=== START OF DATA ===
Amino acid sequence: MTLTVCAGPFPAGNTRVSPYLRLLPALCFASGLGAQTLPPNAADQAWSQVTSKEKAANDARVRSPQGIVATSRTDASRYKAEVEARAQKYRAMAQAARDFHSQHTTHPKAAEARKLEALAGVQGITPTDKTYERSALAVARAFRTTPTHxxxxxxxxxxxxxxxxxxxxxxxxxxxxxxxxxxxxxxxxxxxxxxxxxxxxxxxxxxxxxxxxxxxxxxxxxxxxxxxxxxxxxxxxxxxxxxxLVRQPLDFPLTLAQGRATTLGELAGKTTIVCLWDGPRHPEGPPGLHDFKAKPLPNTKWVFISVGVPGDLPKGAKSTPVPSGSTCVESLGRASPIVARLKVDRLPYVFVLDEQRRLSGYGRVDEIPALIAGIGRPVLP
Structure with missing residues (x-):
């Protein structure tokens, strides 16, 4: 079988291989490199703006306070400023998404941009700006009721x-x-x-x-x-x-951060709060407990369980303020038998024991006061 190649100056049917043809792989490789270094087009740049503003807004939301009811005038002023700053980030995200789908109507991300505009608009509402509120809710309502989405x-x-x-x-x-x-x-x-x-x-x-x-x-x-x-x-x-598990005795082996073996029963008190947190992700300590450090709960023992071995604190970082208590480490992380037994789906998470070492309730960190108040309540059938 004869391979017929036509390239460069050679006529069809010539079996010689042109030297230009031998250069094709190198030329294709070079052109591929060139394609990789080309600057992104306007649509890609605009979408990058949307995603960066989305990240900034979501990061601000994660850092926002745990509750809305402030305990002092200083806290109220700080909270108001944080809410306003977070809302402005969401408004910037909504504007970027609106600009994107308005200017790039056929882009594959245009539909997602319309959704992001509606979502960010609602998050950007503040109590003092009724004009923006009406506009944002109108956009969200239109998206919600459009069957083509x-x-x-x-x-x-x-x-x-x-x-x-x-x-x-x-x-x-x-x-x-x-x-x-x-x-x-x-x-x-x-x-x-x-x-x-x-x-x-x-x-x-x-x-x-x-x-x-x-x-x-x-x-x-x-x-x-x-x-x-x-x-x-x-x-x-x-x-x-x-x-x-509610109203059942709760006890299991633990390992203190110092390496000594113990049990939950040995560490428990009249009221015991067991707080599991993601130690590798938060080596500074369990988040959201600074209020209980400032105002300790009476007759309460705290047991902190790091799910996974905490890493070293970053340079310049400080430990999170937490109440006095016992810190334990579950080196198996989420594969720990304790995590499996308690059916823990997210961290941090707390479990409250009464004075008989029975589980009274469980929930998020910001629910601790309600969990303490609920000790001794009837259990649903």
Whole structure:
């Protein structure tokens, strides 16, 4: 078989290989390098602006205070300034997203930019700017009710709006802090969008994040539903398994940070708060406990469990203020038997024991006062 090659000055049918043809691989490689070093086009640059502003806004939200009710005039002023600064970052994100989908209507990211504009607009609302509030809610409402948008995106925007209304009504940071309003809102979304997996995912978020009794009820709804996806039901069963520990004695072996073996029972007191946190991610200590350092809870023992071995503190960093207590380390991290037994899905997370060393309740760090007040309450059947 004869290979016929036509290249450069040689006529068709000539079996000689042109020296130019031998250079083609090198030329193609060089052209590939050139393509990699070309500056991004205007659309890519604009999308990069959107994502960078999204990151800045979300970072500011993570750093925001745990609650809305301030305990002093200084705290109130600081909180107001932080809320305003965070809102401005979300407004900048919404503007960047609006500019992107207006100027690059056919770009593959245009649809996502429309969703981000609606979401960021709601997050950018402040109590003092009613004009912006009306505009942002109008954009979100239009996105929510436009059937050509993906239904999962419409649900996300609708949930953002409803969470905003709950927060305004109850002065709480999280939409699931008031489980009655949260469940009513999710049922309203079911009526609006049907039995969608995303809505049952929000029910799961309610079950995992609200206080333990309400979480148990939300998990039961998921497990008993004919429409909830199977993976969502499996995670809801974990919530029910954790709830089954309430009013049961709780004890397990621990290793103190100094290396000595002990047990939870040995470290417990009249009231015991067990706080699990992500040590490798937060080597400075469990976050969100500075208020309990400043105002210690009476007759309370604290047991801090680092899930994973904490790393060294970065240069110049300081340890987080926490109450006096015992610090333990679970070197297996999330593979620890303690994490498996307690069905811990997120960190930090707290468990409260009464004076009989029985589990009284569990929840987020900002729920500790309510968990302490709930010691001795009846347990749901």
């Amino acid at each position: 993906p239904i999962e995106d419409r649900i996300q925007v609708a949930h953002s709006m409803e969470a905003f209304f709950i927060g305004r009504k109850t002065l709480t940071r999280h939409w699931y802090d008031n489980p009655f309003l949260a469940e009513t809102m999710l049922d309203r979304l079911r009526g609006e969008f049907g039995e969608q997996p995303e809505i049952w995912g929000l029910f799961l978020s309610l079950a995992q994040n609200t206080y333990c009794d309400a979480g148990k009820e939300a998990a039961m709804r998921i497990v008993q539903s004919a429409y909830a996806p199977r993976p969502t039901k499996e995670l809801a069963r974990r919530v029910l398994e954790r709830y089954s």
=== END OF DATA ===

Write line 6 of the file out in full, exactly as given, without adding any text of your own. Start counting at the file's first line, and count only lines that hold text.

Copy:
């Amino acid at each position: 993906p239904i999962e995106d419409r649900i996300q925007v609708a949930h953002s709006m409803e969470a905003f209304f709950i927060g305004r009504k109850t002065l709480t940071r999280h939409w699931y802090d008031n489980p009655f309003l949260a469940e009513t809102m999710l049922d309203r979304l079911r009526g609006e969008f049907g039995e969608q997996p995303e809505i049952w995912g929000l029910f799961l978020s309610l079950a995992q994040n609200t206080y333990c009794d309400a979480g148990k009820e939300a998990a039961m709804r998921i497990v008993q539903s004919a429409y909830a996806p199977r993976p969502t039901k499996e995670l809801a069963r974990r919530v029910l398994e954790r709830y089954s």